Theatre Royal Thursdays are full of fun and frivolity
Today was a big day for the street interpreters in Barkerville. Today we made a little bit of history as we took the stage at the Theatre Royal for the first official and fully-realized street/theatre crossover.
For more than a decade now, Newman & Wright Theatre Company has graced Barkerville with musical variety shows and historical dramas that have provided world-class entertainment at the Theatre Royal throughout Barkerville’s five-month summer season. For six days out of every week, the theatre rings with songs and stories performed by this immensely talented troupe and its crew.
But what happens on the seventh day?
As amazing as our Theatre Royal cast is, no one can be expected to work seven days a week for five months straight without seriously hurting themselves. On Thursdays, Newman & Wright Theatre Company gets a well-deserved day off. In the world of live theatre a day of the week with no show is called a “dark day.” For many years there was a traditional dark day at the Theatre Royal, but for the past few years that dark day has been replaced by some alternative entertainment offering, in order to provide uninterrupted theatrical experiences for our visitors no matter what day of the week the choose to visit Barkerville.
We often fill the Thursday slot with solo shows – one person comedic, dramatic or historical pieces. In fact, for the past two seasons my own solo shows, The Bride of Barkerville and Lady Overlander, have covered Thursdays at the Theatre Royal. This season, however, I am back on the street full-time as an historical interpreter, so I wasn’t able to take up the Thursday challenge.
Not all by myself, at least.
This past spring Barkerville had an idea. We wondered if, in the grand tradition of the original Cariboo Amateur Dramatic Association, it would be possible to fill the Theatre Royal with entertainment brought to the residents and guests of Barkerville straight from the streets themselves.
In 1865 Miss Florence Wilson (the documented historical character I have played since 1993) joined Mrs. Catherine Parker, Mr. John Bowron, and a handful of Barkerville’s more prominent citizens to produce ‘amateur theatricals’ that they performed regularly in the Parlour Saloon. The Cariboo Sentinel newspaper, which ran its presses on Williams Creek from 1865 to 1875, is peppered with references to the Cariboo Amateur Dramatic Association, which clearly grew into a beloved and relied upon fixture of the social fabric of the original Cariboo gold rush. Eventually, the CADA helped to build the Theatre Royal itself, as a joint venture between the Dramatic Association and the Williams Creek Fire Brigade, in the aftermath of the Barkerville’s great fire of 1868. Live entertainment on the stage at the new theatre consisted of travelling professional troupes as well as the local community players.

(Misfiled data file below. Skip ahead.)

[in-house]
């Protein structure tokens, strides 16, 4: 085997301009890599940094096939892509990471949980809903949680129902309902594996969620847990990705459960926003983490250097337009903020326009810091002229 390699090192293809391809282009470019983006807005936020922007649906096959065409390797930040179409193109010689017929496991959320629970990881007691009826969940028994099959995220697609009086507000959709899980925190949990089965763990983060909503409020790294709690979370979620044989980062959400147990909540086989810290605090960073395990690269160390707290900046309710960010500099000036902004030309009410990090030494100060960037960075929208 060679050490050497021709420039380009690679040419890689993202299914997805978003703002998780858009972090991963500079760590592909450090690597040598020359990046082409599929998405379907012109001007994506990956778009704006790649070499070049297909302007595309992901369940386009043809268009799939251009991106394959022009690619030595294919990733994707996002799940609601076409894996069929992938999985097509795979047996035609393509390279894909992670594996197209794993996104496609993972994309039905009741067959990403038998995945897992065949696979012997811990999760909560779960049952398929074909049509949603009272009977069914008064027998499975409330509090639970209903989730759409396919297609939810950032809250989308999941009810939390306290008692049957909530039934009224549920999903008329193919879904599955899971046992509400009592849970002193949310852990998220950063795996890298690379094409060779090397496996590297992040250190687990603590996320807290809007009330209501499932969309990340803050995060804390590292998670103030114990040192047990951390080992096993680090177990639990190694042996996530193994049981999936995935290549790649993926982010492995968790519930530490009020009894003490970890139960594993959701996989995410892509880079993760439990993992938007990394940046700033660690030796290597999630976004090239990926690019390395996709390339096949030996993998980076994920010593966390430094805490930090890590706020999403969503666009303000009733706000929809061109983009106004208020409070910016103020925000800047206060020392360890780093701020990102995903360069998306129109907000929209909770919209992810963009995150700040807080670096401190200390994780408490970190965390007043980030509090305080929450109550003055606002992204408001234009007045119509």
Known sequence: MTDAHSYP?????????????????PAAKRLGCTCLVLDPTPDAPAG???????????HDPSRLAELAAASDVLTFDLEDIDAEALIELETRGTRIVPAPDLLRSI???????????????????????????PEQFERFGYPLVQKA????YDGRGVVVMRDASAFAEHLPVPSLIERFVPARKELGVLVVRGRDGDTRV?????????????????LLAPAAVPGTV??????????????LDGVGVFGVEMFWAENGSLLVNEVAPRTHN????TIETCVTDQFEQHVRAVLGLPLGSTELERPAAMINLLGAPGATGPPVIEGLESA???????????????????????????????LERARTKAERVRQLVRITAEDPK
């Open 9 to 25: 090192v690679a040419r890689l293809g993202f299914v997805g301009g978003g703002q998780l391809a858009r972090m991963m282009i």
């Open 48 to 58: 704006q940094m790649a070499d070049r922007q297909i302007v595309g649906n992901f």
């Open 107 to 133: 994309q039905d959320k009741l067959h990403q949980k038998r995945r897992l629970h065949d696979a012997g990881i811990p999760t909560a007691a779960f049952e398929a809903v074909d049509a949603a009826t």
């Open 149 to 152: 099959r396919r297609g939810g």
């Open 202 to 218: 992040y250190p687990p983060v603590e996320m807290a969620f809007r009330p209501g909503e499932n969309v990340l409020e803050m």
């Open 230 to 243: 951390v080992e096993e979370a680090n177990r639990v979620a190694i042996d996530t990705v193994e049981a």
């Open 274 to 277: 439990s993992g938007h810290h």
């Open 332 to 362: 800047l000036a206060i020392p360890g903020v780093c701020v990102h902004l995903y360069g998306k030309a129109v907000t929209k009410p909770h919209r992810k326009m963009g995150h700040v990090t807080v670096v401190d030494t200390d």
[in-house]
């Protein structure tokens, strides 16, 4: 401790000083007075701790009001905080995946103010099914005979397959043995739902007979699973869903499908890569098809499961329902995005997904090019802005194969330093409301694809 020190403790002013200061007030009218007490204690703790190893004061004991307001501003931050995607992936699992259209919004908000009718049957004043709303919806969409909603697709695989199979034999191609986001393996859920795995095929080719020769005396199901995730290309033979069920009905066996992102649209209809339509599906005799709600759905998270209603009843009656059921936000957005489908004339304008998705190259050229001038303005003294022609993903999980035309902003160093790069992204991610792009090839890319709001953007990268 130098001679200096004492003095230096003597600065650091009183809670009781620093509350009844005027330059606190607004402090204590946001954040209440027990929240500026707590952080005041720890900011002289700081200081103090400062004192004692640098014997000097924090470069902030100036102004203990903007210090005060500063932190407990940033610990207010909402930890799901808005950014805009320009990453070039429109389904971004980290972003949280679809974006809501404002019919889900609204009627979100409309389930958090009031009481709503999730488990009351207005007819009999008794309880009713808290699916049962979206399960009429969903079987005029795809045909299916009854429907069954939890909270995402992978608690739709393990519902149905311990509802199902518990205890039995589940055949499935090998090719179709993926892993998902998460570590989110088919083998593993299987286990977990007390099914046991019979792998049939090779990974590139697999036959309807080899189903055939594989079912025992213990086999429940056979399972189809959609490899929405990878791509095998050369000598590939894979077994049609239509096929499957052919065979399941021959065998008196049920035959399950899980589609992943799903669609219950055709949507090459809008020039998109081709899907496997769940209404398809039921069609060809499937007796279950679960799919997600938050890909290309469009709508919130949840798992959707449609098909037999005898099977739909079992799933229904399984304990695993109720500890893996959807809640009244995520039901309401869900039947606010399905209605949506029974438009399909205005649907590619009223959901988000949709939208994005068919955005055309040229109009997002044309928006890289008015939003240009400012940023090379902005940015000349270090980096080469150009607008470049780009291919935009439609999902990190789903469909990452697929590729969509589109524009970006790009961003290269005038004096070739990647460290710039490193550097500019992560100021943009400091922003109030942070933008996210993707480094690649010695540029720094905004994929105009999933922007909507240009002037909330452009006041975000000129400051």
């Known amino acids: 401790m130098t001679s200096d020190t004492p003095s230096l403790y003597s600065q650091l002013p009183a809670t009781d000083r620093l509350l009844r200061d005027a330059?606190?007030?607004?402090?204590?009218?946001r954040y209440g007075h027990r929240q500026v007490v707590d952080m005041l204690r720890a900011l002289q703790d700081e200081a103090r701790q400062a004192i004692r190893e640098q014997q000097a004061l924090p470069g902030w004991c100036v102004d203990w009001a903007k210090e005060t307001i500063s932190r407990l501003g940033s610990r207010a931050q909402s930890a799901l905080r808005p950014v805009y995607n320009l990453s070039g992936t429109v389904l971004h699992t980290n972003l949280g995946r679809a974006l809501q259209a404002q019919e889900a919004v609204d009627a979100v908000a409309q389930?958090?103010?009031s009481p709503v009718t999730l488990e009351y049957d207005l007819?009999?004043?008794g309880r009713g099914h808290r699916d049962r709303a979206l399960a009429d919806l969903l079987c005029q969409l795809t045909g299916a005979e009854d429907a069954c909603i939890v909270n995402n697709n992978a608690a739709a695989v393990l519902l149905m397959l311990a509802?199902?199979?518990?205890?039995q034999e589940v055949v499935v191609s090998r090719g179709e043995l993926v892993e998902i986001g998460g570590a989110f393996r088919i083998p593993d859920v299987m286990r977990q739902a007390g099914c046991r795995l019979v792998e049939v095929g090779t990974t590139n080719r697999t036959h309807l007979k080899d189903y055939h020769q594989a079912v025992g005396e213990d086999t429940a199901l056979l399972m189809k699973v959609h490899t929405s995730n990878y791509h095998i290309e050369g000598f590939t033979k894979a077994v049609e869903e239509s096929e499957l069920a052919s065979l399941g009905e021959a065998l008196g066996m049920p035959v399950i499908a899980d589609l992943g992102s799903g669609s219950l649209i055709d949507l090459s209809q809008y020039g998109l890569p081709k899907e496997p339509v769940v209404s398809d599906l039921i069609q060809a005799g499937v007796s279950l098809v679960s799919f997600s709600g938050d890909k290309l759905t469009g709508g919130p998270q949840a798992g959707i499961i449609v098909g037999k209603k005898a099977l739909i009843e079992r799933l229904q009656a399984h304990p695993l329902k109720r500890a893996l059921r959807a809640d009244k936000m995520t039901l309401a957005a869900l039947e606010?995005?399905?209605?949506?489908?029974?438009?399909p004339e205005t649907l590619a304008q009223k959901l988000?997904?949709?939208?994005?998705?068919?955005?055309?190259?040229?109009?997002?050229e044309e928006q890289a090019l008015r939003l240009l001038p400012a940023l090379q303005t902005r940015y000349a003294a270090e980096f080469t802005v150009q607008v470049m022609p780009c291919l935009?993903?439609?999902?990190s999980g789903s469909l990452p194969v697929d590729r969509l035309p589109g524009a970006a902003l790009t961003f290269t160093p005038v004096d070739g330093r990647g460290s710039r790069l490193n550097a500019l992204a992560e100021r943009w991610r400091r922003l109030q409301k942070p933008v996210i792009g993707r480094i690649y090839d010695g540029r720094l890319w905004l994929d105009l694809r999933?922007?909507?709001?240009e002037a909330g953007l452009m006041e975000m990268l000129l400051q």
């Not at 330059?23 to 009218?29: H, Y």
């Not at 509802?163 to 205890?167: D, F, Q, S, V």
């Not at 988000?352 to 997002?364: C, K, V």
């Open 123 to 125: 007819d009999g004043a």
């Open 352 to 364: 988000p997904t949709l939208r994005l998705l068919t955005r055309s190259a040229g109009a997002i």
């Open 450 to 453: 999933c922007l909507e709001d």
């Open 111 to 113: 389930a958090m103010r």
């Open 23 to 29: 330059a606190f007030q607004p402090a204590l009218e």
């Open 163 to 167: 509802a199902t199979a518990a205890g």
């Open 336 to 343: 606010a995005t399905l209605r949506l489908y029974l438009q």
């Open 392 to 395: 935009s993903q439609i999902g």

Since 2013, Newman & Wright Theatre Company has presented its daily musical variety shows at the Theatre Royal under the ingenious pretext of a documented Victorian travelling company called LaFont and Ward’s Troupe. It made sense to us, then, that on Newman & Wright’s dark day the street interpreters of Barkerville should move into the theatre – not as ourselves but as our street characters, many of whom were CADA members in their day – to provide an hour of light-hearted fun and frivolity invoking the essence of the what the original Cariboo Amateurs might have produced for the people of Williams Creek who were hungry for some diversion from their long and arduous work days.
To say we had jitters today – our opening day – is a bit of an understatement. Barkerville’s street interpreters are seasoned professional actors, but now we presented ourselves with a unique new challenge: we would be engaged in a play within a play. Our interactive street presentations are themselves fairly complex undertakings, but now we would take our interpreted historical street characters and apply them to an unfamiliar format. We would be flinging our miners and merchants and Cariboo legends (even ‘Billy Barker’ himself is part of the show) onto the stage of the Theatre Royal to sing and joke and act in ways we seldom get a chance to experience during our regularly scheduled daily programming.
As we took the stage today at one o’clock I will freely admit to being uncharacteristically nervous… but the show must go on, as they say, and it did. Our new production, Billy Barker’s Hour of Vaudeville and Frivolity, played to a warm and welcoming house of rain-soaked visitors who had been pounded all morning by this week’s record-breaking BC storms. Several members of Newman & Wright’s six-days-per-week cast were in the audience – having ventured into Barkerville on their one and only day off in a remarkable gesture of support – and it was all so much fun. For the first time in a very long time the ‘townsfolk’ of Barkerville were strutting their stuff onstage at the Theatre Royal, and we are now so very proud to stand alongside Newman & Wright Theatre Company as part of the creative team bringing live performance to our beloved theatre seven days a week from now through September.
– Danette Boucher
The above one-panel cartoon (originally published July 26, 2014) by Dirk Van Stralen, with accompanying editorial by Danette Boucher, is the eleventh of twenty weekly entries that were logged – and subsequently blogged – as part of a 2014 collaboration between Barkerville, British Columbia and the Prince George Citizen aimed at introducing some of the quirkier advantages to living, working, and playing in the Cariboo Goldfields. We hope you enjoy!